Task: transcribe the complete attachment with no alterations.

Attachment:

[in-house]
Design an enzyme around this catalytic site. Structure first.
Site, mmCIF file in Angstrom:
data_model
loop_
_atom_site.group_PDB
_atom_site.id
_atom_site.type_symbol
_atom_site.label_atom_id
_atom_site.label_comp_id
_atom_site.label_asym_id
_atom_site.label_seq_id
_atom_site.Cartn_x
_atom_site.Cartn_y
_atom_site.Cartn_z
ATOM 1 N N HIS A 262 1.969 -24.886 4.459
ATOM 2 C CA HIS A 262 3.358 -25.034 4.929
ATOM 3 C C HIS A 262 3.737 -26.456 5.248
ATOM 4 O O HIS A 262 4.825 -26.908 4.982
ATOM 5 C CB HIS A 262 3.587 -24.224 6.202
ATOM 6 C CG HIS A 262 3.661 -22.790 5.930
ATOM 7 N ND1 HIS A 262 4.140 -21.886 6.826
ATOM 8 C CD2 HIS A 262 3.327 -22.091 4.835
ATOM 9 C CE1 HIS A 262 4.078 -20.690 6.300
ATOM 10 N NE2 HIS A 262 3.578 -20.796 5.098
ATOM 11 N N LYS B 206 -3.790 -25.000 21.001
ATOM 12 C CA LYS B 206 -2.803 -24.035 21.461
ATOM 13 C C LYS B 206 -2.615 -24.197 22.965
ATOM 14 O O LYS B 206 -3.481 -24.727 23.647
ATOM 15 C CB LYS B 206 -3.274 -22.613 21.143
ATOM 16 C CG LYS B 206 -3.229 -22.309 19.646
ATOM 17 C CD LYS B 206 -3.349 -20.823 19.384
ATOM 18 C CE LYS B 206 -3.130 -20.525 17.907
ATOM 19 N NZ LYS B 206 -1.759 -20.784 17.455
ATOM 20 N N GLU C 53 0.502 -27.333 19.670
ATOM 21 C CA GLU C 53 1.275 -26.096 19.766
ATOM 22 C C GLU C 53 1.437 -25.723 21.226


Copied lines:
[in-house]
Design an enzyme around this catalytic site. Structure first.
Site, mmCIF file in Angstrom:
data_model
loop_
_atom_site.group_PDB
_atom_site.id
_atom_site.type_symbol
_atom_site.label_atom_id
_atom_site.label_comp_id
_atom_site.label_asym_id
_atom_site.label_seq_id
_atom_site.Cartn_x
_atom_site.Cartn_y
_atom_site.Cartn_z
ATOM 1 N N HIS A 262 1.969 -24.886 4.459
ATOM 2 C CA HIS A 262 3.358 -25.034 4.929
ATOM 3 C C HIS A 262 3.737 -26.456 5.248
ATOM 4 O O HIS A 262 4.825 -26.908 4.982
ATOM 5 C CB HIS A 262 3.587 -24.224 6.202
ATOM 6 C CG HIS A 262 3.661 -22.790 5.930
ATOM 7 N ND1 HIS A 262 4.140 -21.886 6.826
ATOM 8 C CD2 HIS A 262 3.327 -22.091 4.835
ATOM 9 C CE1 HIS A 262 4.078 -20.690 6.300
ATOM 10 N NE2 HIS A 262 3.578 -20.796 5.098
ATOM 11 N N LYS B 206 -3.790 -25.000 21.001
ATOM 12 C CA LYS B 206 -2.803 -24.035 21.461
ATOM 13 C C LYS B 206 -2.615 -24.197 22.965
ATOM 14 O O LYS B 206 -3.481 -24.727 23.647
ATOM 15 C CB LYS B 206 -3.274 -22.613 21.143
ATOM 16 C CG LYS B 206 -3.229 -22.309 19.646
ATOM 17 C CD LYS B 206 -3.349 -20.823 19.384
ATOM 18 C CE LYS B 206 -3.130 -20.525 17.907
ATOM 19 N NZ LYS B 206 -1.759 -20.784 17.455
ATOM 20 N N GLU C 53 0.502 -27.333 19.670
ATOM 21 C CA GLU C 53 1.275 -26.096 19.766
ATOM 22 C C GLU C 53 1.437 -25.723 21.226